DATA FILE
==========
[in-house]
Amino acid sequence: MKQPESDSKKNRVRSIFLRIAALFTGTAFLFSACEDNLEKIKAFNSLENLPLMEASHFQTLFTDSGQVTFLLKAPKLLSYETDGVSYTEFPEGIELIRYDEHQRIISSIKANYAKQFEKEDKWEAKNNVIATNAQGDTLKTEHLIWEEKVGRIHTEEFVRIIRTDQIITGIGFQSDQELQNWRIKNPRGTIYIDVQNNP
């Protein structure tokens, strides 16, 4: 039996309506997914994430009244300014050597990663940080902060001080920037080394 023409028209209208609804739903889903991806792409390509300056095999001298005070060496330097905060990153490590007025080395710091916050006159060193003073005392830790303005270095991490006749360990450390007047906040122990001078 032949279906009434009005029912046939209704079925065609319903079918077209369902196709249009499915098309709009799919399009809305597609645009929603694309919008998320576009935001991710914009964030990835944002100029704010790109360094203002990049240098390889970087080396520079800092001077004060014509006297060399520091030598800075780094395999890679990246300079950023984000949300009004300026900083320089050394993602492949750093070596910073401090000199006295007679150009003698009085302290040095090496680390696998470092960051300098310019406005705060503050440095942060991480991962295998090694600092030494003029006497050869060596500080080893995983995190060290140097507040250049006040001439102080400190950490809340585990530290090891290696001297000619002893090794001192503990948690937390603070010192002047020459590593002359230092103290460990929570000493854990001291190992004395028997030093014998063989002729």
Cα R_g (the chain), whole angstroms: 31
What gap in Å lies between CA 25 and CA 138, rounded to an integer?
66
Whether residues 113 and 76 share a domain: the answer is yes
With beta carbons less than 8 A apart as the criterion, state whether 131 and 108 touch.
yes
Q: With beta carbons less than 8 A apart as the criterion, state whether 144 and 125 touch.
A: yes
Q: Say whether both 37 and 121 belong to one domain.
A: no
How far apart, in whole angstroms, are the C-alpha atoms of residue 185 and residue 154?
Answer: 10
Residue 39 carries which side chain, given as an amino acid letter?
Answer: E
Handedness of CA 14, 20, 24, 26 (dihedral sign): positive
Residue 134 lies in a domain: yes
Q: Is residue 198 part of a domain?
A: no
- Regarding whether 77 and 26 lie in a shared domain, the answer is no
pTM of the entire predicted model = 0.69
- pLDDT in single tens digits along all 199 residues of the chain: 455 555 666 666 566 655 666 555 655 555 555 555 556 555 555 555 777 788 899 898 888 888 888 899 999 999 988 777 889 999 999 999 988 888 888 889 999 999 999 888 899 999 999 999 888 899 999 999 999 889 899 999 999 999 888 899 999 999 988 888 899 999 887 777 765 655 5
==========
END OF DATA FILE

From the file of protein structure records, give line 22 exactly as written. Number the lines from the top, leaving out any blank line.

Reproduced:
- Regarding whether 77 and 26 lie in a shared domain, the answer is no